Using Tartaric Acid In Cheese Making


You can usually find tartaric acid in a lot of fruits, especially tamarind, from which tartaric acid is derived from a lot of the time. It is not only a product of cheese making though, it is also a by-product of the wine making process because it is also found in grapes.

nc11803n-lg

We tend to use tartaric acid in making Mascarpone as it is an easy to make cheese and very inexpensive. It is perfect for beginners because it is consistent and works well.

It takes such a small amount of tartaric acid to make Mascarpone that when you use the full 1/4 teaspoon, there is enough to create Mascarpone 95 times from a 4-ounce packet of it. (Perfect for Tiramisu lovers!)

To make around 10-12 ounces of Mascarpone, food grade tartaric acid is used. All you have to do is add 1/4 teaspoon of tartaric acid to a quart of milk and cream or around 1/8 teaspoon for if you are using raw cream.

Recipe For Mascarpone With Tartaric Acid

mascarpone-recipe

What You Need

1/8-1/4 teaspoon tartaric acid
1 quart light cream or half-and-half

What To Do

1. Heat the cream to 185F in a double boiler.

2. Add the tartaric acid and stir it into the cream for several minutes. The mixture will begin to thicken into a cream of wheat consistency, with tiny flecks of curd forming. Don’t worry if the cream doesn’t seem to coagulate, just add some more of the remaining tartaric acid and stir for another 5 minutes. Just be careful not to add too much tartaric acid, or the texture will become grainy.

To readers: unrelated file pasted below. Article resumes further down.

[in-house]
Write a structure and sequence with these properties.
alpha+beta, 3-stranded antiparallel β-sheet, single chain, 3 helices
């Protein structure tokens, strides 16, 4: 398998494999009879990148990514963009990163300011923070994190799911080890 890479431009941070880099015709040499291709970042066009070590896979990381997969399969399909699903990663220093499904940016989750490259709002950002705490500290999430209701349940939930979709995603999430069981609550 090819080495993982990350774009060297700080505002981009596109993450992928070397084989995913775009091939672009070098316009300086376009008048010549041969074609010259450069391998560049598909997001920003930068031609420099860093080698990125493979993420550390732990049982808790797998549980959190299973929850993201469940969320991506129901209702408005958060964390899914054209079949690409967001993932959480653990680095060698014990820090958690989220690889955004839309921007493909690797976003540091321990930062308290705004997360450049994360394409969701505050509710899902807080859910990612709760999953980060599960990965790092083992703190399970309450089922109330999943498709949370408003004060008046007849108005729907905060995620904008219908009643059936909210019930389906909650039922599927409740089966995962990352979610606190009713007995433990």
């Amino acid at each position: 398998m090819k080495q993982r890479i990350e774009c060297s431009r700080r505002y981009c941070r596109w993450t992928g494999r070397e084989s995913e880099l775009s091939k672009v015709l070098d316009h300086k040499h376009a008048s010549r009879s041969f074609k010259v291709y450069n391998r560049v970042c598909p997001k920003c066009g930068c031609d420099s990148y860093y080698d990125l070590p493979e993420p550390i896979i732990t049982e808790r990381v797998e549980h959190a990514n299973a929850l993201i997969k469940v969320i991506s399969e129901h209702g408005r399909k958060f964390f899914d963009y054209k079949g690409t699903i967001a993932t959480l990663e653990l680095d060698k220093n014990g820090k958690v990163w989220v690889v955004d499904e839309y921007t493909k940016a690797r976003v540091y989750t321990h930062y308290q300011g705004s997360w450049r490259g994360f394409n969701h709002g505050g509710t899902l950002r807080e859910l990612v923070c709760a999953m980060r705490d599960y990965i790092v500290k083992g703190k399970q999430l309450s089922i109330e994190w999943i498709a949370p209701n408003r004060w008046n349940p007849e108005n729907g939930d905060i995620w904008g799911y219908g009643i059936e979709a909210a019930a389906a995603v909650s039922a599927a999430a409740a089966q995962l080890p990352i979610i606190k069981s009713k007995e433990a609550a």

3. Now line a stainless-steel colander with a double layer of butter muslin. Begin to ladle the curd into the colander and drain for an hour.

4. Once that is completed, place the finished cheese in a covered container and refrigerate for up to 2 weeks. Enjoy!

Advertisements
This entry was posted in Cheese, Cheese Facts, Cheese Recipes, Cheese Use, The Shisler's Family and tagged , , , , , , . Bookmark the permalink.

Please let us know your thoughts in the comments section below.

Fill in your details below or click an icon to log in:

WordPress.com Logo

You are commenting using your WordPress.com account. Log Out / Change )

Twitter picture

You are commenting using your Twitter account. Log Out / Change )

Facebook photo

You are commenting using your Facebook account. Log Out / Change )

Google+ photo

You are commenting using your Google+ account. Log Out / Change )

Connecting to %s